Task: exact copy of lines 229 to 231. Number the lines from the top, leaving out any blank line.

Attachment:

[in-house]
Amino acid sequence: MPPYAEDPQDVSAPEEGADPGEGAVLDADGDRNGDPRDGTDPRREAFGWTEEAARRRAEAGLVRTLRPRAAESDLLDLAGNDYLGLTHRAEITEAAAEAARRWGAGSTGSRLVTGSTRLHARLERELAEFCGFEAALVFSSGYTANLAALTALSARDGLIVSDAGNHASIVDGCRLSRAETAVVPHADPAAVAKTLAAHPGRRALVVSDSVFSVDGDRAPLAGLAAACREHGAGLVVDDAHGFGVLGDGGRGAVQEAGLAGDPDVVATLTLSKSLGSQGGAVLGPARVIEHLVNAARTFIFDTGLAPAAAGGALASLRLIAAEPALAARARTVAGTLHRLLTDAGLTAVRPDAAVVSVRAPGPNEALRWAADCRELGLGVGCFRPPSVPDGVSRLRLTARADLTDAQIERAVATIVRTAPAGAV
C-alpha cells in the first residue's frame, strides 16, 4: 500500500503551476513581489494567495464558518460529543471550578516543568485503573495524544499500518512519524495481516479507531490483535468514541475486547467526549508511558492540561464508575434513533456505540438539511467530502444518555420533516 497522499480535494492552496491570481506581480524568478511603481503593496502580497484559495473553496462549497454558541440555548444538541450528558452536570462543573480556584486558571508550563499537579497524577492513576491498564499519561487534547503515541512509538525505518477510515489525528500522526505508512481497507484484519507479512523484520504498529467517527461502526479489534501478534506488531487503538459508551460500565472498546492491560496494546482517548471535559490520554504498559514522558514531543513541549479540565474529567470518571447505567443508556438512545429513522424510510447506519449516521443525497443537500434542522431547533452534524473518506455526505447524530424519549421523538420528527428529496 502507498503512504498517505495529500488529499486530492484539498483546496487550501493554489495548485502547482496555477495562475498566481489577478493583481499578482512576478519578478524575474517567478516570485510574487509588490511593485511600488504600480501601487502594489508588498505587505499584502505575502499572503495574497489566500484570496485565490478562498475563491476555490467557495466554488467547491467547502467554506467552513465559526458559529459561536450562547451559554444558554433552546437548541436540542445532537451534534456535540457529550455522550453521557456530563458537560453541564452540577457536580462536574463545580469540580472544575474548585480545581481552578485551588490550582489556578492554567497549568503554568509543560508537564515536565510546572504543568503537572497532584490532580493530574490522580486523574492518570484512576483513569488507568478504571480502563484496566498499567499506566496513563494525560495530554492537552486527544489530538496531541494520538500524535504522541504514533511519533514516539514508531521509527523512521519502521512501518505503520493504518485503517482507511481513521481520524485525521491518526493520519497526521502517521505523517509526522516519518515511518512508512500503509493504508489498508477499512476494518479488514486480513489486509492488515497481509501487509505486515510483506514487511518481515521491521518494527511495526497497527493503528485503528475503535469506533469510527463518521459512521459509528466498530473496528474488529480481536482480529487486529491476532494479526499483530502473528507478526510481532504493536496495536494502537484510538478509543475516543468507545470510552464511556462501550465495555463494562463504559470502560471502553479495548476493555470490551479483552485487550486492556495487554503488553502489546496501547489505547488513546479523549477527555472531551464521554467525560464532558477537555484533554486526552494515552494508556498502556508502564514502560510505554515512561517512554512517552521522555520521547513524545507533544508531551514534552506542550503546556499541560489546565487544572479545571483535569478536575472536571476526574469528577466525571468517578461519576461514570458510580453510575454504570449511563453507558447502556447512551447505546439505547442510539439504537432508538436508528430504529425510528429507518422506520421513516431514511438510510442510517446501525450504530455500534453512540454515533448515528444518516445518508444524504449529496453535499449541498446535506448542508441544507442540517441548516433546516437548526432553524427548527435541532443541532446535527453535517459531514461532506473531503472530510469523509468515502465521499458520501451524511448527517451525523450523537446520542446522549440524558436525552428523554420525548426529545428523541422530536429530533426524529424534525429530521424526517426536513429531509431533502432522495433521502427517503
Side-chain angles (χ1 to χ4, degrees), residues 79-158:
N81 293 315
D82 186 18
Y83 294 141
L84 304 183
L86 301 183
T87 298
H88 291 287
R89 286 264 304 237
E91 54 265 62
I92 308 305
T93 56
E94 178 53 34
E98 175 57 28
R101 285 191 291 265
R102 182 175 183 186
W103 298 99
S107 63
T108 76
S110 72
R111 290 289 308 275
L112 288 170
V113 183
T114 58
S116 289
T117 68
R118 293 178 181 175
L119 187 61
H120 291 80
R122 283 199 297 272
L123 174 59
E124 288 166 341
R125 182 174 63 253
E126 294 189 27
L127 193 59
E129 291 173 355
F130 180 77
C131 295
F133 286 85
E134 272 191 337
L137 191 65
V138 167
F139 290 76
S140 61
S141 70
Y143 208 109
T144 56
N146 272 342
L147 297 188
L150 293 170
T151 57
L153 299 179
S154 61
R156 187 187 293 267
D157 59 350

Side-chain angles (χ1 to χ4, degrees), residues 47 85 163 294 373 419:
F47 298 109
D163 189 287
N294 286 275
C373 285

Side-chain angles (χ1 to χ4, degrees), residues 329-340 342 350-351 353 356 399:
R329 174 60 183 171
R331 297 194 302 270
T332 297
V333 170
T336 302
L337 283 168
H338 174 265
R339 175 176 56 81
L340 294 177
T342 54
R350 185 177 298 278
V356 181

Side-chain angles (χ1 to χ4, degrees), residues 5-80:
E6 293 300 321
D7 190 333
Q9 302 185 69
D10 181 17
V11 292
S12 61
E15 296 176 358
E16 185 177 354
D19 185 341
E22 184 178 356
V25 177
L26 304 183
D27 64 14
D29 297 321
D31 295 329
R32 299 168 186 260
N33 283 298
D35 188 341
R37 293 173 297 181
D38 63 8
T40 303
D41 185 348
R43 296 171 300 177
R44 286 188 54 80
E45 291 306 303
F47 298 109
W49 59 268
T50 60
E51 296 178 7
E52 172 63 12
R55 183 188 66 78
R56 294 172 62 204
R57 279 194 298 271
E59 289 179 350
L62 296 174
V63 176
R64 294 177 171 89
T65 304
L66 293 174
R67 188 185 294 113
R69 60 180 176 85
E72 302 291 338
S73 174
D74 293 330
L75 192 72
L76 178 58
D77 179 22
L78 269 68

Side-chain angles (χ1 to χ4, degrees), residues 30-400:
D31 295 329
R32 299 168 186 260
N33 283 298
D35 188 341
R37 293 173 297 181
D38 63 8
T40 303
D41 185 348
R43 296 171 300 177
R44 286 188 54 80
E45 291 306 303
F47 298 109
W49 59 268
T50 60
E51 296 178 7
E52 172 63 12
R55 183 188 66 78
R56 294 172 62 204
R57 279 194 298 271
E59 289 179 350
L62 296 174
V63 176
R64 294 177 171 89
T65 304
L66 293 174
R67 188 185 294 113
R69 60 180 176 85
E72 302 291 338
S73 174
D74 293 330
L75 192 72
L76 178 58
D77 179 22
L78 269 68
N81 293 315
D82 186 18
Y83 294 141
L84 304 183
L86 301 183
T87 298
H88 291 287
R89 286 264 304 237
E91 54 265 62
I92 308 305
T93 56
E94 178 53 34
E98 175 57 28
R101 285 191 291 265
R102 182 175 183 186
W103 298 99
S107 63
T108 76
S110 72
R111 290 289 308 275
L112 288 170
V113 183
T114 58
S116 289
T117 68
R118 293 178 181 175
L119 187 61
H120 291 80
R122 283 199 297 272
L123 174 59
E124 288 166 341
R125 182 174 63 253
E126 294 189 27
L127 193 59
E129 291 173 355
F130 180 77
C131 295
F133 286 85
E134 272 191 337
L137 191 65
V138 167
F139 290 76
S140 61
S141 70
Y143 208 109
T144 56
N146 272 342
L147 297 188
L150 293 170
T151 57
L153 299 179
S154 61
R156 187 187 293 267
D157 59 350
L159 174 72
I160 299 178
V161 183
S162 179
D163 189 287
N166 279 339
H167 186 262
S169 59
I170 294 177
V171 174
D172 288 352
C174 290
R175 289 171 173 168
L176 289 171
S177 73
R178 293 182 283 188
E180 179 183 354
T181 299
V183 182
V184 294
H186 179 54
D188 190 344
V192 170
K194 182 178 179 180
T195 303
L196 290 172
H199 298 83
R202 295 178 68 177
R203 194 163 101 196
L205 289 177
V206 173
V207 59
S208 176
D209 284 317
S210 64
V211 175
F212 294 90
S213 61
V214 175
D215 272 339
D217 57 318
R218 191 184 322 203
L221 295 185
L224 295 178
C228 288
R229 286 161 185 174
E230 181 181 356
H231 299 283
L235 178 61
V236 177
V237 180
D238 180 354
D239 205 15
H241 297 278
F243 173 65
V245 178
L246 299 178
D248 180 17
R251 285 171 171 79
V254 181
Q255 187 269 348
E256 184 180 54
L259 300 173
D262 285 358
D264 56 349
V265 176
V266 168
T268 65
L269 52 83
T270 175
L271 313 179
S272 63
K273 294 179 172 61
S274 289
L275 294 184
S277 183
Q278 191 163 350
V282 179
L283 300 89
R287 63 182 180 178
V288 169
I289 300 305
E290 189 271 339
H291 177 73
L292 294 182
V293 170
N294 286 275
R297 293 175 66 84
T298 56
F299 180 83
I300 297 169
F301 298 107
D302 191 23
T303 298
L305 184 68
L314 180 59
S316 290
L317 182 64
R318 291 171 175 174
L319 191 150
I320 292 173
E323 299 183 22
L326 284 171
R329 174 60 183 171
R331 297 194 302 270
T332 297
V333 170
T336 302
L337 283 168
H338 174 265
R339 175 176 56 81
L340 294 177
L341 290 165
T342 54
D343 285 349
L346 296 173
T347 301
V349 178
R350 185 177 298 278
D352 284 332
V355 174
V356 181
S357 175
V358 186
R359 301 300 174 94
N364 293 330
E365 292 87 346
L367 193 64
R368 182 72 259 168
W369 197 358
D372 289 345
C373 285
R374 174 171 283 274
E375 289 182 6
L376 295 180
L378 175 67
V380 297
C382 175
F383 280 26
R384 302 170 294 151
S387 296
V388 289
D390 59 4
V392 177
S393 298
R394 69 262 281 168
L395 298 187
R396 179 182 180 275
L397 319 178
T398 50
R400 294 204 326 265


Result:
S177 73
R178 293 182 283 188
E180 179 183 354